"I don't have litmus tests around any of these issues," he said last month.
But as Elena Kagan continues her one-on-one meetings with senators -- those who will vote her up or down – they clearly want to know where she stands.
Sen. Susan Collins, R-Maine, said she has asked every Supreme Court nominee she's faced, including Kagan, how they feel about Roe v. Wade.
"She said, as did all the previous individuals, that she did consider Roe v. Wade to be settled law," Collins said.
Collins, a member of the so-called "Gang of 14," the bipartisan group that negotiated a deal on the use of filibusters over judicial nominees, said she sees no reason to filibuster Kagan.
Kagan has criticized a 1991 Supreme Court decision that allowed the government to ban the use federal money for abortion . Kagan wrote that the ban amounted to "government hostility toward some ideas."
Though Kagan has no judicial record to examine for clues, anti-abortion groups call her dangerous.
"We're deeply concerned because of her connection avowedly to pro-abortion groups," said Charmaine Yoest, president and chief executive of Americans United for Life. "So it's very clear to us that she's an abortion rights supporter."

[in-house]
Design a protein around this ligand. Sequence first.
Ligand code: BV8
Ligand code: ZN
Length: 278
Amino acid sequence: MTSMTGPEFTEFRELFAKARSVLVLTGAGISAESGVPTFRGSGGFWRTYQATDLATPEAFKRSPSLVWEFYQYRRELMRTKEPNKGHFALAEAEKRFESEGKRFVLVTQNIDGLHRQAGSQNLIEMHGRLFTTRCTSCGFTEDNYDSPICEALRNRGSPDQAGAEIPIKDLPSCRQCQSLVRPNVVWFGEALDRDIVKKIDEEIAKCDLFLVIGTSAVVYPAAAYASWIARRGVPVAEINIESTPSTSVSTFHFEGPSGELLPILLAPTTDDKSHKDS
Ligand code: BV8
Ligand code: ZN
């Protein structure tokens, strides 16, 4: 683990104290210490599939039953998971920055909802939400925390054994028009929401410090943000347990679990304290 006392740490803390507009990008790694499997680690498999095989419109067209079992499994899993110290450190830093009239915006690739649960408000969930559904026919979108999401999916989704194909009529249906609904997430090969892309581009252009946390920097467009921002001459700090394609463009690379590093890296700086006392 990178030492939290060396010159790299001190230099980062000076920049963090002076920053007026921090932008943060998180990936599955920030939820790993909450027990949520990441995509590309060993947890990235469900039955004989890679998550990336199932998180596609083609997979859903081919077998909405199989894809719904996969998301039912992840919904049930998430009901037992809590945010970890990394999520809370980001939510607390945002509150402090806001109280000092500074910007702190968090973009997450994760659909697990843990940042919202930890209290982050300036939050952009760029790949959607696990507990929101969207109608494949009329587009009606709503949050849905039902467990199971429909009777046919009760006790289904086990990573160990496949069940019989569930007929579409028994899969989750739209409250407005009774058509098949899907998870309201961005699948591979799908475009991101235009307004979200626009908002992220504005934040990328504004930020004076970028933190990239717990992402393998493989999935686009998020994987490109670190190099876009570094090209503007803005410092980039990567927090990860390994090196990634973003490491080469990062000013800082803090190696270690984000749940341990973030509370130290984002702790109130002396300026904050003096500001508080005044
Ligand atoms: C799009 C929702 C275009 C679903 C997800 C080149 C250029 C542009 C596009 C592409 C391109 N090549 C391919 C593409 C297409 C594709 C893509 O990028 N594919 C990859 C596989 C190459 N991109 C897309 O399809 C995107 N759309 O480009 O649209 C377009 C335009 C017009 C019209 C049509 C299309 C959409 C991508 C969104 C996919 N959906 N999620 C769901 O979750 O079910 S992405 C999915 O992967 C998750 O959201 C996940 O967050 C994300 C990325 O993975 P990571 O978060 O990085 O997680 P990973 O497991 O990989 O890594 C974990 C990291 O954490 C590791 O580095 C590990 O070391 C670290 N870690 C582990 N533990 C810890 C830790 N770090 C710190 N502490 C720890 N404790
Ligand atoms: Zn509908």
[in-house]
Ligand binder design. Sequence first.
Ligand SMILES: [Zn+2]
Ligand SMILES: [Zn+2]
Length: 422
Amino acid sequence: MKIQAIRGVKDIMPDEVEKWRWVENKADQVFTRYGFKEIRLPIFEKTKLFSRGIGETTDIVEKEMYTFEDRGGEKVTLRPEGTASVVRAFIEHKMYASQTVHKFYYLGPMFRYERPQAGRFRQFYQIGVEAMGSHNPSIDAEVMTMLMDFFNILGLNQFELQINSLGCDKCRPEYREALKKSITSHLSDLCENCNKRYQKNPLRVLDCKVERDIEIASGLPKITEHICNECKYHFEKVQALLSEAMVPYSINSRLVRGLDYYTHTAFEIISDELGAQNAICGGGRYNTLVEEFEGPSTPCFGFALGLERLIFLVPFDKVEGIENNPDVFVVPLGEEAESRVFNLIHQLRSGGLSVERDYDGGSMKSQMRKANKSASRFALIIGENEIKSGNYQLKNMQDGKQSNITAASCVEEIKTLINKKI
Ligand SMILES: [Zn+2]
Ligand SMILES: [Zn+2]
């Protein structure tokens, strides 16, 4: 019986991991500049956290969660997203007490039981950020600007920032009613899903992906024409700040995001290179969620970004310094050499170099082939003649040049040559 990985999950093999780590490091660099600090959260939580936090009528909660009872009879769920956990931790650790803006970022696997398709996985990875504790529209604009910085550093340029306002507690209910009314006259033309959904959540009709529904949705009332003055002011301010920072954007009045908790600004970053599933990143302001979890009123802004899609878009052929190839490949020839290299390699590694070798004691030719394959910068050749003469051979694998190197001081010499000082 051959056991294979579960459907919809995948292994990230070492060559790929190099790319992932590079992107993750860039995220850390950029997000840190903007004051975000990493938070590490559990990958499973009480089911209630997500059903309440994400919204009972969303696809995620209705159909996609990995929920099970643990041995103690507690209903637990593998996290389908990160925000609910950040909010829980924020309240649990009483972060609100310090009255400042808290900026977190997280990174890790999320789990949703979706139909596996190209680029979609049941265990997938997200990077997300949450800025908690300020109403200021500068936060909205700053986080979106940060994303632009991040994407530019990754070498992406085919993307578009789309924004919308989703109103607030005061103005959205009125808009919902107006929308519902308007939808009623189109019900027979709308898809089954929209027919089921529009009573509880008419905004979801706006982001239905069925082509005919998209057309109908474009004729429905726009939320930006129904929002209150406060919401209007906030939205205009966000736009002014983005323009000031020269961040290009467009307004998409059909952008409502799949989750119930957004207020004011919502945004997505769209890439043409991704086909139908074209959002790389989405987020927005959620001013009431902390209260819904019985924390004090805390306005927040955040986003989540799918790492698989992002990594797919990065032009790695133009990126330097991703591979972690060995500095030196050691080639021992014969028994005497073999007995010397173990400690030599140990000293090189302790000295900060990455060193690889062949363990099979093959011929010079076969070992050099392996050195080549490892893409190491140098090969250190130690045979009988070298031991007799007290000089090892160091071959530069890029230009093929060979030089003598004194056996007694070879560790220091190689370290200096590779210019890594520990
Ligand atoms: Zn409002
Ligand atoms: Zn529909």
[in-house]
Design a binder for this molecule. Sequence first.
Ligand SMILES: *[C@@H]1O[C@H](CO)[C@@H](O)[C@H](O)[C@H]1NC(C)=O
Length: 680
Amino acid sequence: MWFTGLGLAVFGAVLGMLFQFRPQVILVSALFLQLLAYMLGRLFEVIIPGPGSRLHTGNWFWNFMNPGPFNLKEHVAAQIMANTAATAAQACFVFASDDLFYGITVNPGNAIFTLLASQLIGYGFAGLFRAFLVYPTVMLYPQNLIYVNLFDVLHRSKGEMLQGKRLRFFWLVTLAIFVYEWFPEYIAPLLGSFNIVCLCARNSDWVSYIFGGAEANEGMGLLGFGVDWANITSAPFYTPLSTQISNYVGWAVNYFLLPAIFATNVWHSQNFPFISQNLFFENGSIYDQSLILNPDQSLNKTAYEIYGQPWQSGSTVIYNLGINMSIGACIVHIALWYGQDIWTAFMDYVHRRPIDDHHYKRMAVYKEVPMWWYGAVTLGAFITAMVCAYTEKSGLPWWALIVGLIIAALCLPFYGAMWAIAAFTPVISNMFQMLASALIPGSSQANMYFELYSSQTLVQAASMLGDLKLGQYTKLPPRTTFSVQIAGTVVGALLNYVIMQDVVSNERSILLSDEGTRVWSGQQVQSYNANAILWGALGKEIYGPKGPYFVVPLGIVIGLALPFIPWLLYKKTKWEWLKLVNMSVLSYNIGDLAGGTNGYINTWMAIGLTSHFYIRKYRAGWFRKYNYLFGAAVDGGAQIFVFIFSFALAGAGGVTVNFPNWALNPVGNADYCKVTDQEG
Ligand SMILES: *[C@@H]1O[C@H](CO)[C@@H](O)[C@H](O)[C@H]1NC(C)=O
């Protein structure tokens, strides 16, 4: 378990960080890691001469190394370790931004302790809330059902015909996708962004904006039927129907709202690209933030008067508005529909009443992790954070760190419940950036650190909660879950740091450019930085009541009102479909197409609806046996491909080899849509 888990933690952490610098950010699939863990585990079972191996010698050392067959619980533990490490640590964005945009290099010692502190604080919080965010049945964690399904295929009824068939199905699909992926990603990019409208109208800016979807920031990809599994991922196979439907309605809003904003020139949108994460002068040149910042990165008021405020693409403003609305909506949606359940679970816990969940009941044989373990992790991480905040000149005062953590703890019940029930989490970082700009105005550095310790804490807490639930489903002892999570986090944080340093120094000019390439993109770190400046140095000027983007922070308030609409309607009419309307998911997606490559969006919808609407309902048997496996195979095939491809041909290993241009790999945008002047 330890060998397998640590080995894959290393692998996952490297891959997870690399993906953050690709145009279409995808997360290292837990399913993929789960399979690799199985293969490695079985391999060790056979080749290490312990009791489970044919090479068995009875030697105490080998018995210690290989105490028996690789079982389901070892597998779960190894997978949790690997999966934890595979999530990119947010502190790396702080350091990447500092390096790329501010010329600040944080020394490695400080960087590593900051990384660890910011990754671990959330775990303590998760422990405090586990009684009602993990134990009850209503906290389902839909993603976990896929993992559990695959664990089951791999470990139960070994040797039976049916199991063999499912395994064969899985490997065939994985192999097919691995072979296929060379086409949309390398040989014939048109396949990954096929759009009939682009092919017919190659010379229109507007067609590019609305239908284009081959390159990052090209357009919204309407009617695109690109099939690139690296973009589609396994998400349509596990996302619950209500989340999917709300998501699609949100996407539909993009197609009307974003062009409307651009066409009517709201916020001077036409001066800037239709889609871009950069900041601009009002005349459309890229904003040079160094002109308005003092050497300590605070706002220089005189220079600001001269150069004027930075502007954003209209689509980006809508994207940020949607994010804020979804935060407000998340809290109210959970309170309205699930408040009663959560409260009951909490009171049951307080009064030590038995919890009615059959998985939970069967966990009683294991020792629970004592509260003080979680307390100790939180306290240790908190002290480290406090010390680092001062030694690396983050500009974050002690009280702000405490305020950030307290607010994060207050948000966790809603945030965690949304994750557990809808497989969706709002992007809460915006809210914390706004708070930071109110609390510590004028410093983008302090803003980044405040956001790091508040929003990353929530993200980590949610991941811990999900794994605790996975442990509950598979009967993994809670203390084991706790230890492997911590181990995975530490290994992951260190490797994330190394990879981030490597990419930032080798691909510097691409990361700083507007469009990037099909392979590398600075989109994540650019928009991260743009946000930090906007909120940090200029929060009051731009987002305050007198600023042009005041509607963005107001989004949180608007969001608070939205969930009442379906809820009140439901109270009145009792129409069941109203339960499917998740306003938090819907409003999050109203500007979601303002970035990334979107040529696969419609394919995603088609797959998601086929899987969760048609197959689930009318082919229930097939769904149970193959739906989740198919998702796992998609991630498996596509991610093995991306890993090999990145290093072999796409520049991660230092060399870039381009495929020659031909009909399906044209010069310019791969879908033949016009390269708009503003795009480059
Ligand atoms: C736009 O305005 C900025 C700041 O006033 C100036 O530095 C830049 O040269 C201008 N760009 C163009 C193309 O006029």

Planned Parenthood's endorsement of Kagan would seem to suggest anti-abortion groups have reason to worry. But other abortion rights supporters have yet to be convinced.
"We look forward to learning more about her views on the right to privacy and the landmark Roe v. Wade decision," Nancy Keenan, president of NARAL Pro-Choice America, said in a written statement.
"They are playing their role in the game too," said Matt Bennett of Third Way, a progressive group. "They know exactly what the answers are going to be from Elena Kagan, and what they're really waiting for is for her to rule in cases that come before her."
So what about the meetings with senators and eventual hearings before the Senate Judiciary Committee?
"We need to see her answering questions explicitly about her connections to pro-abortion groups," Yoest said.
But Bennett doubts the such questioning is productive.
"These hearings do a lot of things, but fleshing out where nominees stand on abortion is not one of them," Bennett said.